You might think I'm nuts. And some might think that improving the surface grid will help. But there are plenty of people in Seattle who are nuts like me -- in other words we don't have an answer for where all that traffic will go because we don't care where it goes. Let the people who want to drive everywhere figure that one out.

The bottom line is that if enough voters in Seattle agree, then that's what we should do. And that's exactly why certain interests want to keep no-rebuild off the ballot: it just might win.

GOLOB, The 'local revenue stream' is very minor and would probably not even provide enough money to tear the current deteriorating viaduct down.

Pot calling the kettle...

The feds and the state are only ponying up about $2 billion, leaving the $2+ billion (before the inevitable massive cost overruns) for the city to finance. For those keeping score, that difference is what the full length monorail would have cost to build *and* operate. THat is also roughly what it would cost to push light rail up to northgate. What do you think would benefit the *city* residents more, a superhighway pumping hundreds of thousands of cars into the city each day, or rail-and-bus based transit? The no-rebuild option has at its core the idea of taking these billions of dollars in financing and putting them to better use.

Golob wrote: "The no-rebuild option has at its core the idea of taking these billions of dollars in financing and putting them to better use."

Golob, I'm about as hardcore a supporter of monorail and light rail as there has ever been. The fact is, though, that the $2+ billion the state has committed is explicitly earmarked to building a highway. No highway --> no money. In fact, no highway means that money goes to some highway out in the suburbs.

Listen to some of state senator Ken Jacobsen's war stories about Olympia and you'll see hear the kind of hostility there is towards transit. (And Jacobsen's not so innocent himself.)

My priorities would include:
1.Light Rail up to Northgate and beyond
2.Light Rail to Bellevue
3.Tunnel and BRT at SR99, with new reconnected waterfront.
4. A series of connected innercity streetcars that tie together the "center City' neighborhoods.
5. BRT to Seattle 'suburb' neighborhoods such as Ravenna, Ballard, Westwood Village, etc.
6. Improvements to the West Seattle bridge.

Seems like I just touched on at least 4 different agencies and many more funding streams. Unfortunately it's not mix and match.


Traffic would be equally congested no matter what the road capacity? According to WSDOT (the best numbers I could find) the Viaduct carries 10,000 vehicle trips per day. Moving these cars to I-5 or surface streets would be an instantly noticeable impact on anyone who drives in the area. To say that they wouldn't be noticed is like saying your arteries wouldn't notice if you ate a pint of ben and jerry's every day.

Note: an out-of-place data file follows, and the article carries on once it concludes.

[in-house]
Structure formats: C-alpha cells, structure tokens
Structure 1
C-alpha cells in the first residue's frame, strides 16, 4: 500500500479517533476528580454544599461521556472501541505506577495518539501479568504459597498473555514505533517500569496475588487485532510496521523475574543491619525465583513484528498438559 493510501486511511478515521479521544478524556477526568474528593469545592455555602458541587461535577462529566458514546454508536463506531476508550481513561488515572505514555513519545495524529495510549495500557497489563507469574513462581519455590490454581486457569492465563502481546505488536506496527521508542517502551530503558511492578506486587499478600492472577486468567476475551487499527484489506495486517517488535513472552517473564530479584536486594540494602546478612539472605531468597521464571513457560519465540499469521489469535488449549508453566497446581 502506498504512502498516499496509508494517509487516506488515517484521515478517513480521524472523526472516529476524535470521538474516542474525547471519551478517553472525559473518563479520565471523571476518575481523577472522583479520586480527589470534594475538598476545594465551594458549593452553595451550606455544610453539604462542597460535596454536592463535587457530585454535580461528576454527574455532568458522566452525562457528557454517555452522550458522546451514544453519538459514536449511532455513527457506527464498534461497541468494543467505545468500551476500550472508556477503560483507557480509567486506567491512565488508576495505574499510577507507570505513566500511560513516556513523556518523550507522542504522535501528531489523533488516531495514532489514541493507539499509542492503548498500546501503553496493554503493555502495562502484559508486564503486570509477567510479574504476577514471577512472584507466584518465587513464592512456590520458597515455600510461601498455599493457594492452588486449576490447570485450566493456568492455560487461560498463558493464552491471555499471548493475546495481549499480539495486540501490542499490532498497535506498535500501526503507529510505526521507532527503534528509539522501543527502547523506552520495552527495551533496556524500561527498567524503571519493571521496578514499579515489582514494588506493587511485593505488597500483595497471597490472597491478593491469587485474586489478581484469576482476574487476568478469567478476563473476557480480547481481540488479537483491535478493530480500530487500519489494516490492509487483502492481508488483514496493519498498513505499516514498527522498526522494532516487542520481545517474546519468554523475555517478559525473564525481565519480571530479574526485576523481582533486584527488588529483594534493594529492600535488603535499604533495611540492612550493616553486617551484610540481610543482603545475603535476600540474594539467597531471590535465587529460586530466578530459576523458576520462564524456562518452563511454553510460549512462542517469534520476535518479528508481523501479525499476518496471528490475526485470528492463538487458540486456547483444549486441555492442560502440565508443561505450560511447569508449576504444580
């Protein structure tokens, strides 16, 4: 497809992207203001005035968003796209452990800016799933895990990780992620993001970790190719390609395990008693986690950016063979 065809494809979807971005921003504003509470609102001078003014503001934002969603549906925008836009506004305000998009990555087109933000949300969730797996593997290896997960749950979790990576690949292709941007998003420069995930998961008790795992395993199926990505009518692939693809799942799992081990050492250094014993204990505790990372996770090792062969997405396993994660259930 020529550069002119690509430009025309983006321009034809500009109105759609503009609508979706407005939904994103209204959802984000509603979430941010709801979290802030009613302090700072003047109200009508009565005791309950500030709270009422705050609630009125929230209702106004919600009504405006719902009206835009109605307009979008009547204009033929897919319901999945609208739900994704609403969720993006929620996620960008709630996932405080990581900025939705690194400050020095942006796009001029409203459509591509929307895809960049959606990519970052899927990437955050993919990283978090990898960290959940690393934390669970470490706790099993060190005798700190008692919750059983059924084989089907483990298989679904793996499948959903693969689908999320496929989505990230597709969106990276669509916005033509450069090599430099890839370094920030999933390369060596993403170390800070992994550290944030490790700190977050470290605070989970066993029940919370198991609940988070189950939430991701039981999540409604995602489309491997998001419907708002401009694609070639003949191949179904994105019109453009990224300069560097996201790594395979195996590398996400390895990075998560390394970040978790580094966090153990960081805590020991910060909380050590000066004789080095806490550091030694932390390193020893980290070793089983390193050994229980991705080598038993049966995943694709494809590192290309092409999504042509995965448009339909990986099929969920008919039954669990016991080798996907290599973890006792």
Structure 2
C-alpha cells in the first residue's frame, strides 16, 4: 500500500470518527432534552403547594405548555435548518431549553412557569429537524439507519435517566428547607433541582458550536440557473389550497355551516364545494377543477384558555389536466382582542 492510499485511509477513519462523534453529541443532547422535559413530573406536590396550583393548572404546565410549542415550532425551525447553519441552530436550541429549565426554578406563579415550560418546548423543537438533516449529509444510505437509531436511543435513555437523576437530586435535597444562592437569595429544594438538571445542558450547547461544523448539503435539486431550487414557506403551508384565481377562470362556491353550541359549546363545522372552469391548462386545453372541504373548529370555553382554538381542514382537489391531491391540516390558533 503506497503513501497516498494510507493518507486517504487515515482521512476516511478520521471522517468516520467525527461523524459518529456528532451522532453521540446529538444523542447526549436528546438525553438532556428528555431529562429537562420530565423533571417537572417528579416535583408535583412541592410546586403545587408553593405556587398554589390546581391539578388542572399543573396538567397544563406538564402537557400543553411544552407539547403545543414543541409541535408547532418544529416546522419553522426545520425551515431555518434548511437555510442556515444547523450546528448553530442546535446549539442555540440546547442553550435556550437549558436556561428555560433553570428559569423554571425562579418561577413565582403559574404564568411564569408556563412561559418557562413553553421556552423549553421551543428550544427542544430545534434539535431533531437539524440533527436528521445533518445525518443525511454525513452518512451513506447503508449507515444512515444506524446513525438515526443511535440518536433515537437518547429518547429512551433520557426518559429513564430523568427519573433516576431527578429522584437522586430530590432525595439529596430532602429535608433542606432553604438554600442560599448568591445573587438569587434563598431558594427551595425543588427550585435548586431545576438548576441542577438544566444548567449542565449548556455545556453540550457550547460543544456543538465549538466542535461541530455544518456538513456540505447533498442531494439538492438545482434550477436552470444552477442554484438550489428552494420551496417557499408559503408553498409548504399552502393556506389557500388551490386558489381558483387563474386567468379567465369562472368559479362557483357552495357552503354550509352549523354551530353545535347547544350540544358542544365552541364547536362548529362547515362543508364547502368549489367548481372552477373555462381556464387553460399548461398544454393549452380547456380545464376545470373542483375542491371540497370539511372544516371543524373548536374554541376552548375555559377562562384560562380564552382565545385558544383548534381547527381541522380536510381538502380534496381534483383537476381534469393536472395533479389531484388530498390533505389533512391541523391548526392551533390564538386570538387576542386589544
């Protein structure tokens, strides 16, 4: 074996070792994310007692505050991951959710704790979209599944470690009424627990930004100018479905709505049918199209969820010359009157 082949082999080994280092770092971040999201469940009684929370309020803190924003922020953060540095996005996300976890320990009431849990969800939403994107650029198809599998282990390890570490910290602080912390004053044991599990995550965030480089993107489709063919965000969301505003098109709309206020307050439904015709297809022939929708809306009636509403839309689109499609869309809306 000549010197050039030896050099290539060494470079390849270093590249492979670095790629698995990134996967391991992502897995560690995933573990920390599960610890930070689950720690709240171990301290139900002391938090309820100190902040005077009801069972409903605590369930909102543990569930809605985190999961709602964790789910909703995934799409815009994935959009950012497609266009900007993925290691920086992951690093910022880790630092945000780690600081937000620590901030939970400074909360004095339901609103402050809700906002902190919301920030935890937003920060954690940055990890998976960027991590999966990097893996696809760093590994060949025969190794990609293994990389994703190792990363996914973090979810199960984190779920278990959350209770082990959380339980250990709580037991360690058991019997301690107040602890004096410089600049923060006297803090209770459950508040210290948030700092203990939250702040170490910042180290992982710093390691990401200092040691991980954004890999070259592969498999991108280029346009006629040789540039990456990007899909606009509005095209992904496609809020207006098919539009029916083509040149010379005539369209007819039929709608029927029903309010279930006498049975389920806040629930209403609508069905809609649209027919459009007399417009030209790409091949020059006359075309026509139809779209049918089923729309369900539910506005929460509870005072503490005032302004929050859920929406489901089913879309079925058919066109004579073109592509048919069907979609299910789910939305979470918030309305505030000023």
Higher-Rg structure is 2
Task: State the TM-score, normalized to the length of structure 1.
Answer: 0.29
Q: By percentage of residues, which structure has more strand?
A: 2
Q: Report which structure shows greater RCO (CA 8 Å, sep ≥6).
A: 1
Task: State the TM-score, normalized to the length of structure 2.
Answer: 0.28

Entire communities have based their transporation on the viaduct, for example Ballard. Ask any Ballardite how they would get to a Sodo sporting event or anything else down there.

Sorry to say so but the Monorail was a boondoggle with an incompetant board and staff. Blame Daniel Malarky and the other idiots if you're pissed.

The Mayor's role in the death of the Monorail was akin to the doctor who finally pulled the plug on Terry Shivo. The Monorail was already dead but it had crazy supporters who wanted to keep it on life support as a vegetable for years to come.

GT -- That's 110,000 trips a day (not 10,000)

I thought the surface no build option meant a 6 lane surface highway on the waterfront? That would suck and I'd rather spend more of my tax money for a tunnel that has bus lanes and carpool lanes!

Space--can you keep the Monorail staff dissing to a minimum? It distracts from the issue and is out right mean to the people who worked on the project and (a) had nothing to do with the finance plan and (b) were not imcompetent. Plus, your blaming Malarkey equating it to the Terri Shiavo case demonstrates your lack of understanding w/regards to some of the nuanced issues.

The issue of getting a 50% majority vote for this thing is stupid. It's a fuckin advisory vote, after all! They don't have to follow the results of the vote, and they frequently do advisory votes with more than 2 options. Plus, although it's a bit of a reach, you'd have to make the same argument against 3rd party candidates, which while they certainly frustrate me at times, have their place.